Can we efficiently compute optimal solutions to instances of a hard problem from optimal solutions to neighboring (i.e., locally modified) instances? For example, can we efficiently compute an optimal coloring for a graph from optimal colorings for all one-edge-deleted subgraphs? Studying such questions not only gives detailed insight into the structure of the problem itself, but also into the complexity of related problems; most notably graph theory’s core notion of critical graphs (e.g., graphs whose chromatic number decreases under deletion of an arbitrary edge) and the complexity-theoretic notion of minimality problems (also called criticality problems, e.g., recognizing graphs that become 3-colorable when an arbitrary edge is deleted).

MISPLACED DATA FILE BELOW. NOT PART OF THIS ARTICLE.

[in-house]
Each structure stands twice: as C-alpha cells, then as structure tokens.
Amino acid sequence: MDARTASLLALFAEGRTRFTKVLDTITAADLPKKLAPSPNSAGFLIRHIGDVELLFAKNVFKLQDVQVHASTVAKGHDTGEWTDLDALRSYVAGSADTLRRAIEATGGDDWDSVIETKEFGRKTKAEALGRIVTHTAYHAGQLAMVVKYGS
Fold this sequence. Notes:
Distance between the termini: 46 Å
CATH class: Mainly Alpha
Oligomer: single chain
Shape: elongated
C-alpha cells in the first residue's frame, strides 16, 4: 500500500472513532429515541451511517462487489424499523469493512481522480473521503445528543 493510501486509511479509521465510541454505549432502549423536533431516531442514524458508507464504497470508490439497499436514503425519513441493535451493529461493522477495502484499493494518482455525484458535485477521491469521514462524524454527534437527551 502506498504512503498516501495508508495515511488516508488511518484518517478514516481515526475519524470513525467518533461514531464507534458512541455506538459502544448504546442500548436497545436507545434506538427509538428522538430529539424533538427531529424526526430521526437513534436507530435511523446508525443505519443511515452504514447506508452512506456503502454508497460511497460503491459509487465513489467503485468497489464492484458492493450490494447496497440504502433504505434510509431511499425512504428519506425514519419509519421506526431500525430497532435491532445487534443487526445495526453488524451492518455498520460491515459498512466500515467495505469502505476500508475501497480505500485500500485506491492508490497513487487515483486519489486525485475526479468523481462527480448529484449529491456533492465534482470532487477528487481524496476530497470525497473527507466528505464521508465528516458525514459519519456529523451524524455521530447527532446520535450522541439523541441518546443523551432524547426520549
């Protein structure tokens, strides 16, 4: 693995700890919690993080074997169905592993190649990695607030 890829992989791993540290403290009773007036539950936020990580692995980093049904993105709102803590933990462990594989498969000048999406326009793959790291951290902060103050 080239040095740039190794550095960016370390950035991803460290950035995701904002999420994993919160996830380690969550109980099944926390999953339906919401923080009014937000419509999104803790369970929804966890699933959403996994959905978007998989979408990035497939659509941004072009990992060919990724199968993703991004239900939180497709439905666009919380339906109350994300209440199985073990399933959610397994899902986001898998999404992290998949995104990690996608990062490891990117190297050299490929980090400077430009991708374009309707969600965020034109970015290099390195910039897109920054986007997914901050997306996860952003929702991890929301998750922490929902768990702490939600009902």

We focus on two prototypical graph problems, Colorability and Vertex Cover. For example, we show that it is NP-hard to compute an optimal coloring for a graph from optimal colorings for all its one-vertex-deleted subgraphs, and that this remains true even when optimal solutions for all one-edge-deleted subgraphs are given. In contrast, computing an optimal coloring from all (or even just two) one-edge-added supergraphs is in P. We observe that Vertex Cover exhibits a remarkably different behavior, demonstrating the power of our model to delineate problems from each other more precisely on a structural level.

Moreover, we provide a number of new complexity results for minimality and criticality problems. For example, we prove that Minimal-3-UnColorability is complete for DP (differences of NP sets), which was previously known only for the more amenable case of deleting vertices rather than edges. For Vertex Cover, we show that recognizing beta-vertex-critical graphs is complete for Theta_2^p (parallel access to NP), obtaining the first completeness result for a criticality problem for this class.